Setting the path for sustainability 

Guy Dauncey takes a positive approach to environmental issues

What: Passion for the Earth: Visions of a Sustainable Future, with author Guy Dauncey

Where: Telus Conference Centre

When: Wednesday, Feb. 18 at 7 p.m.

Reading the papers, it’s easy to get a sense that the global environment is deteriorating quickly and that there’s little that individuals can do to stop worst case scenarios from coming true.

"Our children have been immersed in negative environmental news for so long by the people of my generation that their whole attitude towards nature it that we’re screwed, it’s all hopeless," said Guy Dauncey, a writer, speaker and consultant, as well as a leader in B.C.’s sustainability movement.

"First of all, I don’t believe that’s true, that it’s all hopeless. If we start to believe that then we really are all sunk, but there’s still a lot we can do – (the sustainability movement) is just getting started."

Dauncey will speak in Whistler next week as part of the Sustainability Speaker Series, which is hosted by Whistler. It’s Our Nature and the Whistler Centre for Sustainability.

Dauncey believes that there are positive environment stories to report as well as negative stories, and that the success of the sustainability movement ultimately depends on keeping the dialogue positive and our hopes for the future alive – at the end of the day, he says, the future is up to us.

"People are delighted that I’m putting a positive spin on everything," said Dauncey.

"It’s almost a (Winston) Churchill-ian approach to things (on the eve of the Second World War)… to say that success is really the only possible strategy we can imagine.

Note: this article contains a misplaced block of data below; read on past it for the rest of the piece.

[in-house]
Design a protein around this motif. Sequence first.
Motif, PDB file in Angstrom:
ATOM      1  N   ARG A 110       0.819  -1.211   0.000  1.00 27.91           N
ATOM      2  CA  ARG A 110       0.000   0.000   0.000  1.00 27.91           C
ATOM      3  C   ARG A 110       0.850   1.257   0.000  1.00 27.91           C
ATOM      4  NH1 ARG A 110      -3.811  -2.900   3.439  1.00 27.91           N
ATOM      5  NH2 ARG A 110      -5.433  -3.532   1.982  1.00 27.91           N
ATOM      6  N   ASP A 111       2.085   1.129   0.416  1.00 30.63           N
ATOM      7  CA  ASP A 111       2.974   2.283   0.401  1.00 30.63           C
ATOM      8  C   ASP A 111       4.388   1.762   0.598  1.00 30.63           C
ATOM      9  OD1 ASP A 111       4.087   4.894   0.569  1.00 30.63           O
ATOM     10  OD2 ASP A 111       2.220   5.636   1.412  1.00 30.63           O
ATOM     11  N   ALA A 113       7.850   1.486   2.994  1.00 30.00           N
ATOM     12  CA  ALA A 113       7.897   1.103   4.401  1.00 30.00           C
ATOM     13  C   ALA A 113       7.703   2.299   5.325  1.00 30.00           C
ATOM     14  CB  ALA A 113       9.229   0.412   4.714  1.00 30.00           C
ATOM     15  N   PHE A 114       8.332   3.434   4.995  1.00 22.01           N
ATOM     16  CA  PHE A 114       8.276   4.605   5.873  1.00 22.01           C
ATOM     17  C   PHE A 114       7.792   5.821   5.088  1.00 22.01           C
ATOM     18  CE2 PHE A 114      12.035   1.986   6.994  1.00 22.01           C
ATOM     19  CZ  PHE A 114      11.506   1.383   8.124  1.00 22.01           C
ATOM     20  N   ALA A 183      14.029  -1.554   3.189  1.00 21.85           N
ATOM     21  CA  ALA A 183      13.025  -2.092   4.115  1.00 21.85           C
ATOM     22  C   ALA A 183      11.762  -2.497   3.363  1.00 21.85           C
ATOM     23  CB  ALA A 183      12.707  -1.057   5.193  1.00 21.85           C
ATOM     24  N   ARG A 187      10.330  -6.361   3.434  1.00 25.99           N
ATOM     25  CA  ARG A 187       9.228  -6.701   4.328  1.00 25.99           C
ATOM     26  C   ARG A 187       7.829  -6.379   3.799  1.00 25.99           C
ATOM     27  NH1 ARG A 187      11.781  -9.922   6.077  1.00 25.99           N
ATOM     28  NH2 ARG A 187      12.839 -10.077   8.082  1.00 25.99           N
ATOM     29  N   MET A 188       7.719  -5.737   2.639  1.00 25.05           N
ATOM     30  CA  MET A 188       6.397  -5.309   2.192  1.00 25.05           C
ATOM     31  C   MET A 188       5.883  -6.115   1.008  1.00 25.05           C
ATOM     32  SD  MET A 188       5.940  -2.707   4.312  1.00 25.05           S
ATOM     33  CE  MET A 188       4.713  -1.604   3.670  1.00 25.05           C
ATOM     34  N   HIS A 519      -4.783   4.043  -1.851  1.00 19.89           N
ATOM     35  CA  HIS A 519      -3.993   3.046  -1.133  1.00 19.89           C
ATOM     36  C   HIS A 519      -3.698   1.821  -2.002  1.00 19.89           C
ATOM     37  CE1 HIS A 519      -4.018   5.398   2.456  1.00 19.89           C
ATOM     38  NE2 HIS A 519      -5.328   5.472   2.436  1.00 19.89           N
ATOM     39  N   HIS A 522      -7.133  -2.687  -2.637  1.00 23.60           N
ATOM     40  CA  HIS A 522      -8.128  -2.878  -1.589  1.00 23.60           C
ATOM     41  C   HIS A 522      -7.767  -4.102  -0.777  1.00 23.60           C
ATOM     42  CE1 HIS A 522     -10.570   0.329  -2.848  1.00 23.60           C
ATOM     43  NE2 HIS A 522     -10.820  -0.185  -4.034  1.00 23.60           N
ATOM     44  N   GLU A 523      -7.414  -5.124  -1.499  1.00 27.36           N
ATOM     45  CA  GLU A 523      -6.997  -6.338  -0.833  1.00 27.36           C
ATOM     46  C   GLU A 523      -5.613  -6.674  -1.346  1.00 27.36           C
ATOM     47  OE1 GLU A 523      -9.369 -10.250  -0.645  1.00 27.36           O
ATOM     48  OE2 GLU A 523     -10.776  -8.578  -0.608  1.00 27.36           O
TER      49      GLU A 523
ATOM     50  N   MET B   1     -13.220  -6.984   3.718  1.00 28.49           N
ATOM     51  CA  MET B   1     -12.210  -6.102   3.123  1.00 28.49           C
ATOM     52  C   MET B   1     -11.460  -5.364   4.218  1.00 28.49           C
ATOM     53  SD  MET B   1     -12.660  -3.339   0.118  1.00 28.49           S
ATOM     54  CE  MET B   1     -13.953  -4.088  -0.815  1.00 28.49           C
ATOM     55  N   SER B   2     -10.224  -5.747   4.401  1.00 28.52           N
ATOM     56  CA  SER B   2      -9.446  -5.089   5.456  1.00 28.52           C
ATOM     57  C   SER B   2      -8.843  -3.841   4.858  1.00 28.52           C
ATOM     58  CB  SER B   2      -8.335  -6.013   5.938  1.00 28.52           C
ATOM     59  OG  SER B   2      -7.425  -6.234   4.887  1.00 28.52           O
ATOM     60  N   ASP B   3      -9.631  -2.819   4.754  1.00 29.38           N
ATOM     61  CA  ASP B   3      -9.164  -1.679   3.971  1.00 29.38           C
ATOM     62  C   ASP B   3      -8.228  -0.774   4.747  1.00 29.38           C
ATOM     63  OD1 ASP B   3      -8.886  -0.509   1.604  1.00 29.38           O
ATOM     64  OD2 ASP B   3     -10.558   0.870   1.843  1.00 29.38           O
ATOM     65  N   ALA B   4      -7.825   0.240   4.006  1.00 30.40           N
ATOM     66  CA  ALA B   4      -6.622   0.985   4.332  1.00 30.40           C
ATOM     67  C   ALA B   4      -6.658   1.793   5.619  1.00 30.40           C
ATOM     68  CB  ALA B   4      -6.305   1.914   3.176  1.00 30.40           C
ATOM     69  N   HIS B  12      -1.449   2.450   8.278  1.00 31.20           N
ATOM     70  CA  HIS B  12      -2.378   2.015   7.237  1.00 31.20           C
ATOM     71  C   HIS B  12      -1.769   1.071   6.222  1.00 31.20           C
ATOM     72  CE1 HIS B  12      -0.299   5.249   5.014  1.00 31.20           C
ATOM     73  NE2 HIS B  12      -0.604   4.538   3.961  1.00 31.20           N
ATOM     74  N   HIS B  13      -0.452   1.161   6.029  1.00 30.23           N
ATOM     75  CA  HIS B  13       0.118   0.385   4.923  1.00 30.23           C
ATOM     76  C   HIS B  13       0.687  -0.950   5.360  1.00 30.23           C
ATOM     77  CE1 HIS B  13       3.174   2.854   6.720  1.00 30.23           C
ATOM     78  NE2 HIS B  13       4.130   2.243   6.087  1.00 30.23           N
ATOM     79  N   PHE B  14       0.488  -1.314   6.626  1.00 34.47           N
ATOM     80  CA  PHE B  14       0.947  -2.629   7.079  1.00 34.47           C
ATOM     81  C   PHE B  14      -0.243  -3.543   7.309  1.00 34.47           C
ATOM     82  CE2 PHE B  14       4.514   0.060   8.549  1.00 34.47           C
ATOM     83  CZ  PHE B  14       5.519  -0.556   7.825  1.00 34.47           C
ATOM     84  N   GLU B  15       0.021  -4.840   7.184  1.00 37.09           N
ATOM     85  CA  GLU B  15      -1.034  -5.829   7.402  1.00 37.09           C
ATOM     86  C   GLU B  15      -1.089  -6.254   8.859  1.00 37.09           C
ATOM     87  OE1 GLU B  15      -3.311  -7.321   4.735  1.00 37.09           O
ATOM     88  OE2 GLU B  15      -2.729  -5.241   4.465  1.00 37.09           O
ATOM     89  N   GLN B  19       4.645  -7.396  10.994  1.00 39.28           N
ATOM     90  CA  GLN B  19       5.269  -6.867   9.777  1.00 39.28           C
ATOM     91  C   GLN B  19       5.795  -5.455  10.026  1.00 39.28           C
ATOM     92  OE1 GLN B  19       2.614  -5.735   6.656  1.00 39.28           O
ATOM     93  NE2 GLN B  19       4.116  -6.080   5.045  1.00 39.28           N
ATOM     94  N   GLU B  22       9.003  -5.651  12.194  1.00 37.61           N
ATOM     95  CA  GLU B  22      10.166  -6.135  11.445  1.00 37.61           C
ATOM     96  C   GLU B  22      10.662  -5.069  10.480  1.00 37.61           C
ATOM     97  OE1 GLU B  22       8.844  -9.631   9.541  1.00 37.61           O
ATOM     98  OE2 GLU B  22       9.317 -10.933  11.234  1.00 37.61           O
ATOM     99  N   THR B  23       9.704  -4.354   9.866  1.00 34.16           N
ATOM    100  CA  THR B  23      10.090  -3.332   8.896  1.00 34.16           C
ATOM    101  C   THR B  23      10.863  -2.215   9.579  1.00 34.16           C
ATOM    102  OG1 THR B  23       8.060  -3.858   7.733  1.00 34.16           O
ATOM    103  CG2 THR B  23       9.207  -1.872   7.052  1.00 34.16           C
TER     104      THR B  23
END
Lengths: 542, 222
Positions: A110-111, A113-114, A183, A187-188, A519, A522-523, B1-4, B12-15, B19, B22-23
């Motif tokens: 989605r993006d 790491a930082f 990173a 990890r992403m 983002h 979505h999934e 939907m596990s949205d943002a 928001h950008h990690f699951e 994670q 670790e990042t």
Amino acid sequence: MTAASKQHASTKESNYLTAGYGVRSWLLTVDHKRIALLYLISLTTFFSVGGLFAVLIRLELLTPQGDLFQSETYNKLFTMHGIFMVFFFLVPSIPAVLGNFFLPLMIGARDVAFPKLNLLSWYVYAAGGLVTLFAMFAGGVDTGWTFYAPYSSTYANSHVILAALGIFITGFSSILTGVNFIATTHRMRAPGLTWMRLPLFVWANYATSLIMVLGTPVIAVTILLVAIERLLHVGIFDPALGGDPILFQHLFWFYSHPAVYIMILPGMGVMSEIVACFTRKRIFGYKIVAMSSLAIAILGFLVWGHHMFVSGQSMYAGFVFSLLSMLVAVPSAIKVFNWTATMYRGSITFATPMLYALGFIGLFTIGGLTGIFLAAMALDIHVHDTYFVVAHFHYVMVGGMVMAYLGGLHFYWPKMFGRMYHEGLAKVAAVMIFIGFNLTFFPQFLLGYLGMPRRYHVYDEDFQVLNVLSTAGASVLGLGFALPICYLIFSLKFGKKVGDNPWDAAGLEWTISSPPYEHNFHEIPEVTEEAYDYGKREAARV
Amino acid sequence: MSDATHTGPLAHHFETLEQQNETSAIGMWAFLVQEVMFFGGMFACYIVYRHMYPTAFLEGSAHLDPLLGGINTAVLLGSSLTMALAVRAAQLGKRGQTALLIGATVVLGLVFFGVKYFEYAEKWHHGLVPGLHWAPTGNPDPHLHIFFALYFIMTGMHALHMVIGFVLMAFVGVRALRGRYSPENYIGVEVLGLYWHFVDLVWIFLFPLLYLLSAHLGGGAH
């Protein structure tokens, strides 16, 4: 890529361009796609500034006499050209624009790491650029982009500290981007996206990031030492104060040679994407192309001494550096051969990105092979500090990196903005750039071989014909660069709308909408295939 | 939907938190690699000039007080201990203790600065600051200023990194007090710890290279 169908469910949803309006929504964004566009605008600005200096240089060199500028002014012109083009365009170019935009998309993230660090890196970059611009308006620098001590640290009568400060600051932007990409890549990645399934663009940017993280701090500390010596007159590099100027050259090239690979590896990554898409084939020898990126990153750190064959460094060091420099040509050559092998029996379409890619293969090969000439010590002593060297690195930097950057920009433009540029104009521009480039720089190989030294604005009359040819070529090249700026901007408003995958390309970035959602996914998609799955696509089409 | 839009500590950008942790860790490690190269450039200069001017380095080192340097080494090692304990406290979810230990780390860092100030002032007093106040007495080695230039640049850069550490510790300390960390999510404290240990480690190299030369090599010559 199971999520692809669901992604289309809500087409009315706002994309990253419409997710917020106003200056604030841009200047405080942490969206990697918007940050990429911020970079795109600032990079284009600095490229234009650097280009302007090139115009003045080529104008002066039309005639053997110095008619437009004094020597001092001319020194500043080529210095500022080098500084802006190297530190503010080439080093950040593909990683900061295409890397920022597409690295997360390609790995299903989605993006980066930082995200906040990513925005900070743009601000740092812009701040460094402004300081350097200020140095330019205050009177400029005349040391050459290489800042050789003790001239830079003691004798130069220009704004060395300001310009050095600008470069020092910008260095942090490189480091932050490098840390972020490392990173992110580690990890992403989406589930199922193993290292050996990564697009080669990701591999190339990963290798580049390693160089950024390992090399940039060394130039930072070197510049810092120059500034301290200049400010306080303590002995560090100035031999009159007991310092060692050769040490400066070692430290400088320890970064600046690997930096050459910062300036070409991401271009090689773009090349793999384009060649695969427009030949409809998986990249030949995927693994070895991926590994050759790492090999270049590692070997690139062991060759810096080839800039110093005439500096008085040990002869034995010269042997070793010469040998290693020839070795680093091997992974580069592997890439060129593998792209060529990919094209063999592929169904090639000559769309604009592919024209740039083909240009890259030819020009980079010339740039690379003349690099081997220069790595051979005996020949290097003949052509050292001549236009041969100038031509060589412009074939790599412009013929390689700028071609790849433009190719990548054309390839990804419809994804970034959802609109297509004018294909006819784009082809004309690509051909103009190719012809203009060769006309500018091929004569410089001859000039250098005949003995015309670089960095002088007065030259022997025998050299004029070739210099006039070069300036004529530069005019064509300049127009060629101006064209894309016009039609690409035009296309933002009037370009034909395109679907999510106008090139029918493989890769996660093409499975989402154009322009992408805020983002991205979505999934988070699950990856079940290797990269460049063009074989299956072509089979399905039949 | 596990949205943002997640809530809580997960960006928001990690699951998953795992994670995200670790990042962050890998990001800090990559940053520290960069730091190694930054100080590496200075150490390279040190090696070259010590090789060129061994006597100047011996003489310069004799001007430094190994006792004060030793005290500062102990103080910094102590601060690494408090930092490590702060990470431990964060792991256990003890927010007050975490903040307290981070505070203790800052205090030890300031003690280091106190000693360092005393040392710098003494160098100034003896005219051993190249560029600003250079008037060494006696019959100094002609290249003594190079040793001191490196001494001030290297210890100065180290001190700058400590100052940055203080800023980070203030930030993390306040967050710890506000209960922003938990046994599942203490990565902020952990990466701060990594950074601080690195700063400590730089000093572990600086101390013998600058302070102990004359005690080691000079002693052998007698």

"I take the same approach with the environment. I’m aware of how awful the news is for most people, but really the only possible stance for us to take is to stand up and visualize the future now, and to aim for complete success."

In addition to being positive, Dauncey’s approach to sustainability is also practical, focusing on proven technologies and processes that are already in use around the world that individuals, companies and communities can readily adopt.

"It’s part new, and part old. You can’t get more high-tech than solar voltaic lightning and you can’t get more low-tech than growing vegetables in your own backyard," said Dauncey.

Dauncey has written three books on the subject to date, and is collaborating on a fourth.

His first book is called After the Crash: The Emergence of the Rainbow Economy , which was originally published in 1988 and is in its third printing with updated sections. The book takes a look at the different measures that companies and communities took in the wake of a recession and stock market crash to protect themselves in the future. A lot of their solutions involved building and supporting sustainable local economies that are isolated from the world market, which is an important facet of the sustainability movement.

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